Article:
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  • Writer's pictureLorna Reddicks

Changing Lives, One Student at a Time


After-School Opportunity Lab (A-SOL) programming is all about helping students understand that they can be business owners even at the ripe young age of 14. For our students, living around drug trafficking, the sounds of gunshots, and dealing with the violence in their neighborhood has kept their focus on surviving. A-SOL’s 4-week summer camp gave them the opportunity to be in a safe environment and take some time to dream bigger dreams.



When Summer Camp Started

Now, they didn’t start out all enthusiastic about being in a classroom environment in July while their peers were home playing video games and having parties. Telling 9th and 10th graders they are going to learn about social media, which they, of course, thought they already knew, was not appealing to them. But to Michael Sau’s credit, a volunteer who created our curriculum, he made learning fun by using videos, games, and quizzes that made learning not so dreary. Sure, we lost some students, but with those who stayed, the transformation had begun.


Lessons Learned

After our field trip to Dave and Buster’s at the end of the first week, the harder work began for our 9th and 10th graders. Besides learning the basics of marketing and developing social media content, other key lessons learned were:

  • Public speaking - each made a presentation about their proposed business

  • Professional appearance - from the handshake to the outfit

  • Teamwork - learning to accept the differences of others without ridicule or bullying


By the end of summer camp, some of the businesses the students had determined they could start were cake decorating, fitness training, a barber shop, and a make-up artist. On the closing day of our successful summer camp, the students received individually designed graduation gift bags that contained items to help them start those businesses.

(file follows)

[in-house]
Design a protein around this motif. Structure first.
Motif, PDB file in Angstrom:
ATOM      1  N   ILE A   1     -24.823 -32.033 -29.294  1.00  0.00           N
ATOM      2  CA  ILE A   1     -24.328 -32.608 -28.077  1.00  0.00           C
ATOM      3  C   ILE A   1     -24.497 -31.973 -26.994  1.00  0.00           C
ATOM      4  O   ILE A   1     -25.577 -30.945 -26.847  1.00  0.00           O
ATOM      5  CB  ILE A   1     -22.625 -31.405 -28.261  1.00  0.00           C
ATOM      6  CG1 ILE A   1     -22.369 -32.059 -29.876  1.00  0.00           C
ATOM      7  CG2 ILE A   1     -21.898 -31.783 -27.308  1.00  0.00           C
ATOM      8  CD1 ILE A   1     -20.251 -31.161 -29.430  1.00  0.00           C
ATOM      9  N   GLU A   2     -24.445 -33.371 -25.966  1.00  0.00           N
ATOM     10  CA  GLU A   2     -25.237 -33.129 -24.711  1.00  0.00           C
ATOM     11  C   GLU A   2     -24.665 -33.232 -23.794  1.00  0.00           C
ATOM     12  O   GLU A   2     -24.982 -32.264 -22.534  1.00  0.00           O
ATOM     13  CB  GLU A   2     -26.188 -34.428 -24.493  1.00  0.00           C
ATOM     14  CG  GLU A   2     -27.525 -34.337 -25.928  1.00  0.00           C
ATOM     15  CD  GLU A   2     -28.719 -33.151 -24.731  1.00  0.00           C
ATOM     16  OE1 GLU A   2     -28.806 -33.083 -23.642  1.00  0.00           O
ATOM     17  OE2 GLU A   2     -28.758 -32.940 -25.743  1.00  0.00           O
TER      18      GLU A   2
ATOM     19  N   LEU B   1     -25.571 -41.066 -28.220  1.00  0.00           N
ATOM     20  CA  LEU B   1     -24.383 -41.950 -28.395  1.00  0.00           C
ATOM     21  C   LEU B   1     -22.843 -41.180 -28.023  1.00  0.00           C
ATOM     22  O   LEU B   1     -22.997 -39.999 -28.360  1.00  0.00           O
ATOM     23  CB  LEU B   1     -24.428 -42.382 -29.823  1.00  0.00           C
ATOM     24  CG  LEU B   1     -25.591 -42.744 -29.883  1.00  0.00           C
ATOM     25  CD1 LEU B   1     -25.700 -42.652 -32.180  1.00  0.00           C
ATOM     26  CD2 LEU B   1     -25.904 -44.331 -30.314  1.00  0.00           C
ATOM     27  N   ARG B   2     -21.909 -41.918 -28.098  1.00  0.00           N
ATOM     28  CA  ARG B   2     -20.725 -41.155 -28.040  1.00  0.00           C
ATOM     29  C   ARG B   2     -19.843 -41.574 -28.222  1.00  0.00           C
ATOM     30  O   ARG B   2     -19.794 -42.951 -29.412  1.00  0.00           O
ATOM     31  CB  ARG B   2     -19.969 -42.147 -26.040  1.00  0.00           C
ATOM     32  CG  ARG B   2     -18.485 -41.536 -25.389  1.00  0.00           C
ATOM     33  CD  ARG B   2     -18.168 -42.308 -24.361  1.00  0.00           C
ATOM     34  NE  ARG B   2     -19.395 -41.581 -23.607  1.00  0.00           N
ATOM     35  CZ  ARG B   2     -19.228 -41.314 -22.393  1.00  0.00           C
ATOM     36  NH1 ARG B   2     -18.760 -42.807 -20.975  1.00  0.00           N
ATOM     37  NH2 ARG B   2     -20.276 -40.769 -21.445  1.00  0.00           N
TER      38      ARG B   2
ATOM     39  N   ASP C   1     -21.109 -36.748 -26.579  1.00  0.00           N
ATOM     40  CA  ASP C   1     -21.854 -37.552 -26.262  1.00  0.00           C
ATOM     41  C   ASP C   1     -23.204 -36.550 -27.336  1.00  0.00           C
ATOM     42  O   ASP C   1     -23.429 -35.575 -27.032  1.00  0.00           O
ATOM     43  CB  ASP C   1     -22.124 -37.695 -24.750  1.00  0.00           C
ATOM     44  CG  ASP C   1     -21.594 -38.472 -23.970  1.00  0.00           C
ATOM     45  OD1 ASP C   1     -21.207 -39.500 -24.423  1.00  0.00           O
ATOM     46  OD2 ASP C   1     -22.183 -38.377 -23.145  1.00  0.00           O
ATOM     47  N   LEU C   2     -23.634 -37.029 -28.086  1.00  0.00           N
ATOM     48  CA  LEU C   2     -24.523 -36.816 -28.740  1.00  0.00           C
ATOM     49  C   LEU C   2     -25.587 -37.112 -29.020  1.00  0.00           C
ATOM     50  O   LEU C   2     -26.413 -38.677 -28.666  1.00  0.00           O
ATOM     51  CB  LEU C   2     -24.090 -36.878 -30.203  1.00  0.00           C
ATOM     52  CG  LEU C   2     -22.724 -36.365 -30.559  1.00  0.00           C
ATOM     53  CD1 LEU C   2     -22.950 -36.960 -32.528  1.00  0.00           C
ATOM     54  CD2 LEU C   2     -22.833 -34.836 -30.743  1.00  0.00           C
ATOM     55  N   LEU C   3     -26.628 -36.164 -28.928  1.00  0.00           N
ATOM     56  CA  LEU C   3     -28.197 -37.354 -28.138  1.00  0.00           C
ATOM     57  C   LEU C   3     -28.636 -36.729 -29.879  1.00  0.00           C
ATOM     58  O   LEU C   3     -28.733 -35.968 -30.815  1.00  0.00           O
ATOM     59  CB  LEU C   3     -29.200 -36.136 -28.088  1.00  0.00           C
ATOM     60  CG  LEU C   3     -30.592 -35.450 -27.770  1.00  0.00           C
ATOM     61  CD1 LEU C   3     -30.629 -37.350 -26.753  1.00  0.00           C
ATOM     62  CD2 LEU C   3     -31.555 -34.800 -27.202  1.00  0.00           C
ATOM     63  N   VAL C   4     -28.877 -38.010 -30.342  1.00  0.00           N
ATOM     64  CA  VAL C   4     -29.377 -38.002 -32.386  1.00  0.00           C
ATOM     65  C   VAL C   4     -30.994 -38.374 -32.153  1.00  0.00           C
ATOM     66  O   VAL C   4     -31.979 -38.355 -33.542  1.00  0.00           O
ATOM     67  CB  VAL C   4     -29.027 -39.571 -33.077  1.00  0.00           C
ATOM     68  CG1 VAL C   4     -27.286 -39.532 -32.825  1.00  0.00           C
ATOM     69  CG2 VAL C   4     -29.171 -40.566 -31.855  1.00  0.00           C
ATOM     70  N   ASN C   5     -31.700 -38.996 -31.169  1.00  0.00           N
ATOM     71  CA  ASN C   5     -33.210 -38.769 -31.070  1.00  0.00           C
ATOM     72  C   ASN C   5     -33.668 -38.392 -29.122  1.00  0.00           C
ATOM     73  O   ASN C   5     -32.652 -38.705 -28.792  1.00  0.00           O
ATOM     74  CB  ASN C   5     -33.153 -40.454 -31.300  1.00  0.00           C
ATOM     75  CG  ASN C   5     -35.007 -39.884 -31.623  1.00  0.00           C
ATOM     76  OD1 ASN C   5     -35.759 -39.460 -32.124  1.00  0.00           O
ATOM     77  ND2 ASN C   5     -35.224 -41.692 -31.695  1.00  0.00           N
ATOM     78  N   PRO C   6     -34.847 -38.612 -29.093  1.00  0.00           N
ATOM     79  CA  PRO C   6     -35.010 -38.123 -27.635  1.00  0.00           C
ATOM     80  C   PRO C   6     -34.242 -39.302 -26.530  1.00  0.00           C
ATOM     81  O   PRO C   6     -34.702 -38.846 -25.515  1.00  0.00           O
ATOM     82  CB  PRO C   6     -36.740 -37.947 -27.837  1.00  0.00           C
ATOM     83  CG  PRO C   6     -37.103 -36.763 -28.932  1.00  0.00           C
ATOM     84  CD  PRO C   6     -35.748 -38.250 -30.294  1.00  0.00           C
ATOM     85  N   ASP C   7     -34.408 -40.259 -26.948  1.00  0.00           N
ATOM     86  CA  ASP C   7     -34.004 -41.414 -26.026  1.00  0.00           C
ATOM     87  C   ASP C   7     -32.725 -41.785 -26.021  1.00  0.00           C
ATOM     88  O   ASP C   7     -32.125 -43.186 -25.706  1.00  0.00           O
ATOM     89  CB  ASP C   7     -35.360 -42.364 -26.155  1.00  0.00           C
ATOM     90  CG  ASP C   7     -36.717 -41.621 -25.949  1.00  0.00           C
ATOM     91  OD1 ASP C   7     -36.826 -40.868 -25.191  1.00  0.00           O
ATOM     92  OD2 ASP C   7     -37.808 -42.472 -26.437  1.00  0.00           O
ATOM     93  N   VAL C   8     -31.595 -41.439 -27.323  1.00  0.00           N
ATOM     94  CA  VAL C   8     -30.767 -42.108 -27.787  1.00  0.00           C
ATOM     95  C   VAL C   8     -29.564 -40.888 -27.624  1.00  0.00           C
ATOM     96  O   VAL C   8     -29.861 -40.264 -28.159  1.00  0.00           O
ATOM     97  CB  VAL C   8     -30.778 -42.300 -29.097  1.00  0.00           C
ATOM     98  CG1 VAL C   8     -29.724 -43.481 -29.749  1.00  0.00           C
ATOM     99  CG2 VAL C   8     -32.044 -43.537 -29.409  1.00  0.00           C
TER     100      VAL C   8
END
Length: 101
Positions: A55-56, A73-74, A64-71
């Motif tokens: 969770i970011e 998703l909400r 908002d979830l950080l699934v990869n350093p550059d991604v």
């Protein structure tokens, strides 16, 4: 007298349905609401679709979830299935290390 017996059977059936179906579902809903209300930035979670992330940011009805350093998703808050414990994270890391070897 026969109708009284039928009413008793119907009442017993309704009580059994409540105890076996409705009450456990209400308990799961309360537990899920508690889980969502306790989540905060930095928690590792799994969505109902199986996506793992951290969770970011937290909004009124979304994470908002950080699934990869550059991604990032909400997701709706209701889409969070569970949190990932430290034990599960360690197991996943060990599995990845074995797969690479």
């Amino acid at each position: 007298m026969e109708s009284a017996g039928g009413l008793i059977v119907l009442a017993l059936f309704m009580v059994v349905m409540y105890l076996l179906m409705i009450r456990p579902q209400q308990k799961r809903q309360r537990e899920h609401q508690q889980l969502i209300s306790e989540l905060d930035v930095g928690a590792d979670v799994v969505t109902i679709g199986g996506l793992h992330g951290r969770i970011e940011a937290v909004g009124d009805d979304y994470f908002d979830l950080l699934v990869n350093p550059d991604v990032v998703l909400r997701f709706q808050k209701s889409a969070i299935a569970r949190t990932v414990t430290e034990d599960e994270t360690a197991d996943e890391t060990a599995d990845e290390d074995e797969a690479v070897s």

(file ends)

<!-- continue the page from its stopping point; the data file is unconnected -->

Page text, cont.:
More To Come

On the final day of summer camp, JJ, a 10th-grade student, said “When we were signing up, they said this was going to change my life.” It was a bold declaration, but one I was sure we could pull off. I am both happy and proud to say we did.


Next comes our after-school program in January, where our project topics include the abc’s of starting a business and risk management. I am looking forward to opening the eyes of even more students to the opportunities that are within their grasp. After all, that’s what After-School Opportunity Lab programming is all about.


Special thanks to our 9th and 10th-grade students, everyone at Watermark South Dallas, our Program Facilitators-Ezinne Duruaku, Corey Grant, and Kathy Nguyen; Village Hands and Hearts, Dave & Buster’s, Southside Chicken Wings and Grits, A-SOL’s Board of Directors and Austin Bowyer, my co-founder, and especially all of our donors that made our pilot summer camp possible.


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